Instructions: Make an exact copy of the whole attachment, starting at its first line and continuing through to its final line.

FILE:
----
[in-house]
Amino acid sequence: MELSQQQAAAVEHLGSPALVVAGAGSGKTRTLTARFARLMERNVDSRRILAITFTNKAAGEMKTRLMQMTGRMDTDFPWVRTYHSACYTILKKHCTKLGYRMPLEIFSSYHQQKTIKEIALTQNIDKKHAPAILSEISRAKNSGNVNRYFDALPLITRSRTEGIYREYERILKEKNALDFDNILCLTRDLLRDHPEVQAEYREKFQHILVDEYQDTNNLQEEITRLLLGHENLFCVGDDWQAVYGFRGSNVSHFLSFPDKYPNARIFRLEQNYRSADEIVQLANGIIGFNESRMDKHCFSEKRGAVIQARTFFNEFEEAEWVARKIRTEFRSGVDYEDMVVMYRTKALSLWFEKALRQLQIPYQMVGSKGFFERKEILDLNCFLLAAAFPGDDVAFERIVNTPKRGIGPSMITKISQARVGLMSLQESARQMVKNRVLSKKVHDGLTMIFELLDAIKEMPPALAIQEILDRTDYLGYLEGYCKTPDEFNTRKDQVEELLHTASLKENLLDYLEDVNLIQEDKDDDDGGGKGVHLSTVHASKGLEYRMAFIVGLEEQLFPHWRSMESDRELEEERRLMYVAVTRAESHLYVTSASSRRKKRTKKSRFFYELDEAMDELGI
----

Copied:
[in-house]
Amino acid sequence: MELSQQQAAAVEHLGSPALVVAGAGSGKTRTLTARFARLMERNVDSRRILAITFTNKAAGEMKTRLMQMTGRMDTDFPWVRTYHSACYTILKKHCTKLGYRMPLEIFSSYHQQKTIKEIALTQNIDKKHAPAILSEISRAKNSGNVNRYFDALPLITRSRTEGIYREYERILKEKNALDFDNILCLTRDLLRDHPEVQAEYREKFQHILVDEYQDTNNLQEEITRLLLGHENLFCVGDDWQAVYGFRGSNVSHFLSFPDKYPNARIFRLEQNYRSADEIVQLANGIIGFNESRMDKHCFSEKRGAVIQARTFFNEFEEAEWVARKIRTEFRSGVDYEDMVVMYRTKALSLWFEKALRQLQIPYQMVGSKGFFERKEILDLNCFLLAAAFPGDDVAFERIVNTPKRGIGPSMITKISQARVGLMSLQESARQMVKNRVLSKKVHDGLTMIFELLDAIKEMPPALAIQEILDRTDYLGYLEGYCKTPDEFNTRKDQVEELLHTASLKENLLDYLEDVNLIQEDKDDDDGGGKGVHLSTVHASKGLEYRMAFIVGLEEQLFPHWRSMESDRELEEERRLMYVAVTRAESHLYVTSASSRRKKRTKKSRFFYELDEAMDELGI